Fear Amongst MTV Over Upcoming ‘Skins’ Episode

Written by Michael Lambarde on Jan. 23, 2011

First there was ‘Jersey Shore’ pushing the envelope with its sex, drugs, drinking and wild partying. And people just ate it up and made the actors household names – so this means money and money dominates any other concerns in the entertainment business, and in business in general. So MTV decided to push matters one big step further – they are presenting a US version of the hit British show ‘Skins’ which is like ‘Jersey Shore’, only raunchier and filmed with children!

PHOTOS: Racy shots of the first episode of Skins featuring troubled teenagers — is it too risque?

But there are serious fears that the U.S. version features scenes which are too explicit, and may even violate federal child pornography statutes. Taco Bell and other advertisers have pulled its ads off ‘Skins’ after the Parents Television Council urged people to contact the company and protest. In the last few days, executives at MTV, which airs the program, have ordered the show’s producers to make changes to tone down some of the most explicit content, according to the New York Times.

They are said to be particularly concerned about the third episode of the series, to be broadcast in on January 31. In it, a naked actor (Jesse Carere, who plays Chris) is shown from behind, running down the street in a storyline which features him taking erectile dysfunction pills. MTV has gradually reduce the number of music videos it plays in the last few years, replacing them with controversial reality shows such as ‘Jersey Shore’, ‘The Real World’ and ‘Teen Mom.’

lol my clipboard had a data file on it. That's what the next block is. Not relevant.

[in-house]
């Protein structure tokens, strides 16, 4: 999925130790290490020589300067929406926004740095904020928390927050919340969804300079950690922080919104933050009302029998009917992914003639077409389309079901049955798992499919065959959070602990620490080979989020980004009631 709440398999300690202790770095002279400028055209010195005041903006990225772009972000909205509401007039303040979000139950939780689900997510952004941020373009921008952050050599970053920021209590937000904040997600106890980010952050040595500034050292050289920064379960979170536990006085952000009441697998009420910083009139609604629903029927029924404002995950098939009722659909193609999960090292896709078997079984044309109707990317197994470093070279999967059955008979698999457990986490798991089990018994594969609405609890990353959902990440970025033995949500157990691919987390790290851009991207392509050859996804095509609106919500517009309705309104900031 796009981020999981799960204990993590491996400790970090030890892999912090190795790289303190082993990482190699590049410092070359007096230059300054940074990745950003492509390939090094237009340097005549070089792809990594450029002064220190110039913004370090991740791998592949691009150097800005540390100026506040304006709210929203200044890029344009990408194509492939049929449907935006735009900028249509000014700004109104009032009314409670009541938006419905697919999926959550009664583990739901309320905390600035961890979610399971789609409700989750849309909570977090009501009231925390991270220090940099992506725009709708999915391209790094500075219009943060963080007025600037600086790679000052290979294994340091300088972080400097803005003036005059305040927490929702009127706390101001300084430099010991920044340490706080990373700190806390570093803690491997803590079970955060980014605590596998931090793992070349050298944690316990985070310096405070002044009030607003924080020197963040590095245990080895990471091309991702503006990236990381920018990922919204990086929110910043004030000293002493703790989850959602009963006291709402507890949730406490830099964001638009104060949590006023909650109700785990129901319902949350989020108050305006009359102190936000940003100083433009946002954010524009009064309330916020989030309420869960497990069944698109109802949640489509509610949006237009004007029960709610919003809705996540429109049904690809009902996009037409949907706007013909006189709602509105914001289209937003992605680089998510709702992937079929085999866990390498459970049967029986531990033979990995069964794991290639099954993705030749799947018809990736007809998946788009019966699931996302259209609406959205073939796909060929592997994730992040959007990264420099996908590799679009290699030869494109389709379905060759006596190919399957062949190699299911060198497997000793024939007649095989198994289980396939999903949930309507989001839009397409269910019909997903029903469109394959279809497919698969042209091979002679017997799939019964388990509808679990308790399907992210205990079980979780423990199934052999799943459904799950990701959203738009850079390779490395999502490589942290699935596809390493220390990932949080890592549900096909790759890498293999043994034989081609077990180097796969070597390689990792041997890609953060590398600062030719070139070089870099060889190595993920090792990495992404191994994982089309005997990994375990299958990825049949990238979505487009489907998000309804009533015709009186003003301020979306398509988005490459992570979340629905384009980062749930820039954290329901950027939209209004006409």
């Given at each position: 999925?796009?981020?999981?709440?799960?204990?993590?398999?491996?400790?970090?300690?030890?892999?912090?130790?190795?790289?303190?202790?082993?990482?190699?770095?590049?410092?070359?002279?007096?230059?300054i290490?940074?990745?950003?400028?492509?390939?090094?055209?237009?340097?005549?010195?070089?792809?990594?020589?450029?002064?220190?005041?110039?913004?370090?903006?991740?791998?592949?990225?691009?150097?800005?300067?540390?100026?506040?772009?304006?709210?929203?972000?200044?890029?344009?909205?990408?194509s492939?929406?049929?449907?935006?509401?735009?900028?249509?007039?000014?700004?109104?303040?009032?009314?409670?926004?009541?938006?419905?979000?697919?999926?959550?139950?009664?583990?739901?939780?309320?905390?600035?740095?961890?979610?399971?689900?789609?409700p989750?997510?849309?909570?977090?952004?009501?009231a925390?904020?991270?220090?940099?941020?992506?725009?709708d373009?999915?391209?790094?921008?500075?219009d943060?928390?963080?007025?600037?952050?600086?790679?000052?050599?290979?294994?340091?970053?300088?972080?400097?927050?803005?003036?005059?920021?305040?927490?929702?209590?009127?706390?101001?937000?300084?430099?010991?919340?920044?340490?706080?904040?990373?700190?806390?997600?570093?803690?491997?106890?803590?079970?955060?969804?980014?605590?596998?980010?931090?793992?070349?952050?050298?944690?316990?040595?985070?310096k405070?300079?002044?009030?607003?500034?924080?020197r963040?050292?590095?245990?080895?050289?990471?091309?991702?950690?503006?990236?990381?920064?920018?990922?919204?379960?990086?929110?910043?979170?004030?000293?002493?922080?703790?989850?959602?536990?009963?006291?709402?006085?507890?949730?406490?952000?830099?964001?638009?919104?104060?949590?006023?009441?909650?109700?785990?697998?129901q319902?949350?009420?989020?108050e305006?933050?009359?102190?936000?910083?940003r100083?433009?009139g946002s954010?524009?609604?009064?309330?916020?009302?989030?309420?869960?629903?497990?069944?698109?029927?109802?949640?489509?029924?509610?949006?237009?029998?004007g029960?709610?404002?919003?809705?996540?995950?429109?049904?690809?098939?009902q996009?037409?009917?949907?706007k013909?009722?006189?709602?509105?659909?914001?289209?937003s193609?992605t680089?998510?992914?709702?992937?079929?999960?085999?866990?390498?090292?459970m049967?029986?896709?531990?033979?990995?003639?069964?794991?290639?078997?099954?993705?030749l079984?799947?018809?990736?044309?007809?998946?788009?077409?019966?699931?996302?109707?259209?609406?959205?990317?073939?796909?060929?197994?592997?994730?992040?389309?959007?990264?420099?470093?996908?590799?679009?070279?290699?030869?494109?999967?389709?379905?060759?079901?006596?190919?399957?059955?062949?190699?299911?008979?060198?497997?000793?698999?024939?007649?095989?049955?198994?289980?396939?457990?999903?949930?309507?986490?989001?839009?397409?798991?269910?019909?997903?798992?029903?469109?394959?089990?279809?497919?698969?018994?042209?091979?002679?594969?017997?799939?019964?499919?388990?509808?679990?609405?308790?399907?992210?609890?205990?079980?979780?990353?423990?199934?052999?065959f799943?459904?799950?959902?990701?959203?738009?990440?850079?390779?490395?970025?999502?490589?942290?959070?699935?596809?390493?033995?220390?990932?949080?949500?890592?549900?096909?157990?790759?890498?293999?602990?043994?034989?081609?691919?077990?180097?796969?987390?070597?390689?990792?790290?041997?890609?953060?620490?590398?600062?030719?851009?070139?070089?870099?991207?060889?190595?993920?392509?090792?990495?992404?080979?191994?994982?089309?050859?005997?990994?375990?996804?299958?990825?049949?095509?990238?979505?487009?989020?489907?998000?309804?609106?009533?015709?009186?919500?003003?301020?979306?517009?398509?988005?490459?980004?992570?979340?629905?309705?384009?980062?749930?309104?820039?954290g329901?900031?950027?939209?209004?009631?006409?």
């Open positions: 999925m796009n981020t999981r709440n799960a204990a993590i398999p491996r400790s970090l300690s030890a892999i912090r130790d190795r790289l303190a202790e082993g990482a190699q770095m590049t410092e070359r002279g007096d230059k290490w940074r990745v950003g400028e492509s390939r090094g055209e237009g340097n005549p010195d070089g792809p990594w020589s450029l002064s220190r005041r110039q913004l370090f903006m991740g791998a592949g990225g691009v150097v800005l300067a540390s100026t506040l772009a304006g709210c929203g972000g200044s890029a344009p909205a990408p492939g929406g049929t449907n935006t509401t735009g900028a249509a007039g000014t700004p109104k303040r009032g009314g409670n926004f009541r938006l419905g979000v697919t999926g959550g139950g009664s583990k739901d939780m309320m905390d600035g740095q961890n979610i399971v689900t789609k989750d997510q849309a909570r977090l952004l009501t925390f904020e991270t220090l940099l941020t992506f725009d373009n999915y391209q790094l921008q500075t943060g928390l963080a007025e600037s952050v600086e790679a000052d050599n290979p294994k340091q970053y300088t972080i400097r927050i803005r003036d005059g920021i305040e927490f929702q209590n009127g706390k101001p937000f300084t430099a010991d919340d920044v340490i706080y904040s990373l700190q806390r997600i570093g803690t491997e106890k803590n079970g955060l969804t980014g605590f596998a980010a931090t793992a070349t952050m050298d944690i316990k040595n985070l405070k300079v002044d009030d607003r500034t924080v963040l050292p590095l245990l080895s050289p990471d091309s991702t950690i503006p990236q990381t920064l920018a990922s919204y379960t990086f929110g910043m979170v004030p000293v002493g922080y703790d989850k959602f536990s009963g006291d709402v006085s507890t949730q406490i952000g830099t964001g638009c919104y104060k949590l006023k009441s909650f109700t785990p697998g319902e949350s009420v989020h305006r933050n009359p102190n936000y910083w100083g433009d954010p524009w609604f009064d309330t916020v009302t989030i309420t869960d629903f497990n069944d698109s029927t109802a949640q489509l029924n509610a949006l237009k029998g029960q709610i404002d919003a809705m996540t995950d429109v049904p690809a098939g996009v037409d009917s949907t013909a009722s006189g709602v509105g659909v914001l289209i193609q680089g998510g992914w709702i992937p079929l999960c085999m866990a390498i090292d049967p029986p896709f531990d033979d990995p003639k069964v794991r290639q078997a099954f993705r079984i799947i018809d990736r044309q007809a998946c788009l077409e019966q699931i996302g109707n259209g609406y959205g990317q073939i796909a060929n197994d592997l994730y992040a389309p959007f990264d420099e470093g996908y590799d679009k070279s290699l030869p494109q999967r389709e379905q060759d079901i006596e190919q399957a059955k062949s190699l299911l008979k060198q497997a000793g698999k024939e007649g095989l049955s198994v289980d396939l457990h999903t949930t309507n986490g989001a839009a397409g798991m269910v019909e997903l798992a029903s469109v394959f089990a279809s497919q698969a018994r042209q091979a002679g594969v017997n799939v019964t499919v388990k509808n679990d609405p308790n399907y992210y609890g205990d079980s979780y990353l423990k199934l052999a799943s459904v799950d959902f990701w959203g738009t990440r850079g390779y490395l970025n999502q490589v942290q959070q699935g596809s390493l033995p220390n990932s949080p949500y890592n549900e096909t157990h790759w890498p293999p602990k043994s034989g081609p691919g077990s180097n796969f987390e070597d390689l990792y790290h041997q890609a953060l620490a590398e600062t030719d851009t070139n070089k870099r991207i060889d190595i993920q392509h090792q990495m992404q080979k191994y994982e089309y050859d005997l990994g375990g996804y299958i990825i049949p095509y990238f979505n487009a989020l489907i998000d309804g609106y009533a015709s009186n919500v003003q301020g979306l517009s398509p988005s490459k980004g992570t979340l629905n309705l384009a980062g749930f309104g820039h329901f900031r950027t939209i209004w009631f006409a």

However, unlike these shows, Skins features child actors, with an age range of 15-19. MTV’s president and other executives declined interview requests with the New York Times, but MTV spokesman Jeannie Kedas insisted that all forthcoming episodes were works in progress.

But she would not confirm that MTV executives were fearful of falling foul of child pornography laws. ‘Skins is a show that addresses real-world issues confronting teens in a frank way,’ she said in a statement, adding ‘We review all of our shows and work with all of our producers on an ongoing basis to ensure our shows comply with laws and community standards. We are confident that the episodes of Skins will not only comply with all applicable legal requirements, but also with our responsibilities to our viewers.’

However, child pornography is defined in the USA as any visual depiction of a minor engaged in sexually explicit conduct, with anyone younger than 18 considered to be a minor. In some cases, ‘A picture of a naked child may constitute illegal child pornography if it is sufficiently sexually suggestive,’ according to the Justice Department’s legal guidance.

Despite these fears, the show has so far been a hit, attracting 3.3 million viewers to the first episode which aired on January 17. It also set a new first-episode record for MTV among viewers aged 12 to 34, with Nielsen ratings reporting that the episode drew 1.2 million viewers younger than 18. This, despite MTV stating in news releases that the show is ‘specifically designed to be viewed by adults.’ How can a show that features children playing almost all of the roles be designed to be viewed by adults? How stupid does MTV think people are? The answer is clear – very stupid.

By the way, we have just put up quite a few photos from the premiere episode of Skins on Monday night, featuring the teenage stars in quite racy situations, which ignited the Parent’s Television Council to call the series “dangerous”. You can view the photos by clicking here.


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